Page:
One of the Tribeca's redeeming qualities is Subaru's trademark Symmetrical all-wheel drive. It's one of the best systems available for tackling the slippery snow- and rain-covered city roads on which I drove the Tribeca. Even in aggressive starts in these conditions, the car accelerated seamlessly from stoplights. The Tribeca's all-wheel drive distributes power to all four wheels all the time, helping with a smooth delivery of traction.
Now here comes Debbie Downer: Unlike the Forester and Outback, the Tribeca's all-wheel drive doesn't come at much of a discount compared with the competition. The Pilot, Highlander and CX-9 come really close to or beat the Tribeca's starting price when equipped with all-wheel drive.
Our fully loaded Touring came in at an as-tested price of $37,995. The only option missing was a rear DVD entertainment system. The Touring trim level comes with xenon headlights, a power moonroof, a backup camera and Bluetooth for its $35,795 starting price. Our tester had the optional touch-screen navigation system for another $2,200.
The navigation system suffered from a fundamental flaw: The touch-screen is beyond arm's reach — or at least it was beyond mine. To enter an address or check the gas mileage, I had to lean very far forward to reach the screen at the top of the dashboard. The navigation itself felt outdated, with graphics that are easily bested by many of today's smartphones and portable GPS devices.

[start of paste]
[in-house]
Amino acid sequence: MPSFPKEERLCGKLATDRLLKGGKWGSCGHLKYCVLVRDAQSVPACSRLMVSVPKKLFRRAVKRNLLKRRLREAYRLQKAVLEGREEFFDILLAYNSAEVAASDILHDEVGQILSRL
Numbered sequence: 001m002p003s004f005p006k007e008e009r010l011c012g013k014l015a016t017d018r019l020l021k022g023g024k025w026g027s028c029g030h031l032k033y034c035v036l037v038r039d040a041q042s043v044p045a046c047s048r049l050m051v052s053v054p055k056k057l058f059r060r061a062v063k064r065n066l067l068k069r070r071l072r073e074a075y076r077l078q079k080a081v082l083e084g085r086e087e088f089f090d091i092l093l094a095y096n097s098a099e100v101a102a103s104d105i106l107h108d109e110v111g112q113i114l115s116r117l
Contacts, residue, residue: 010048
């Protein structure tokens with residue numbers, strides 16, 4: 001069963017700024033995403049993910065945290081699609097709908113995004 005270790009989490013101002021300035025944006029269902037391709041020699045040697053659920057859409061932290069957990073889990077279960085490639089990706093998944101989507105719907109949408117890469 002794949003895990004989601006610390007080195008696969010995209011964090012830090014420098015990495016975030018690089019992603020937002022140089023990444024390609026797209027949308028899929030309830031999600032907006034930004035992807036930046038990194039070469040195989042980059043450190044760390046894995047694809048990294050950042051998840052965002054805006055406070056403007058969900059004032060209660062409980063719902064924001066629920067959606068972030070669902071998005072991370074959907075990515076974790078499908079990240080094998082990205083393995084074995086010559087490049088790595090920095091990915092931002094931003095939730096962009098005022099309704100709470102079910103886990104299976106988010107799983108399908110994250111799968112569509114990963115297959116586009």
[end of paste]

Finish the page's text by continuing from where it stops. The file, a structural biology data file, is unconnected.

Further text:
Acceleration, Ride & Handling
One engine is available in the Tribeca, and it's a solid one. The 3.6-liter, horizontally opposed six-cylinder makes 256 horsepower and offers punchy acceleration around town. Even the lightest tap of the throttle results in quick acceleration. The engine does, however, seem to lose some of its gusto at highway speeds when trying to pass.
With only one engine, transmission (a five-speed automatic) and driveline configuration, the Tribeca's gas mileage is a somewhat unimpressive 16/21 mpg city/highway — take it or leave it. Other crossovers have the option of more efficient front-wheel-drive models, and the Highlander has a base four-cylinder engine for the gas-conscious.
One of the Tribeca's strongest driving attributes is its ride quality; the suspension absorbs road imperfections with ease, making for a very comfortable commute.
Like the rest of Subaru's current lineup, the 2011 Tribeca is a Top Safety Pick at the Insurance Institute for Highway Safety. It scores the agency's best rating, Good, in front-, rear- and side-impact crash tests, as well as in a roof-strength test.
As of publication, the 2011 Tribeca has not been crash-tested by the National Highway Traffic Safety Administration using its revised testing procedures.
Tribeca in the Market
In April, new-car sales of the Tribeca totaled a lackluster 241 units. Sales numbers aren't always an indication of a good or bad product, but in this case, it seems seven-seat crossover shoppers are buying elsewhere.
The Honda Pilot sells around 8,000 a month, and even the more niche, sporty Mazda CX-9 crossover sells around 2,800 units. To be competitive, Subaru needs to give the Tribeca some serious attention. Given its smaller size, its entry-level price doesn't give it much of an advantage over the competition, and there are also some very good products competing from within Subaru — including the Outback, which sold 9,400 units in April.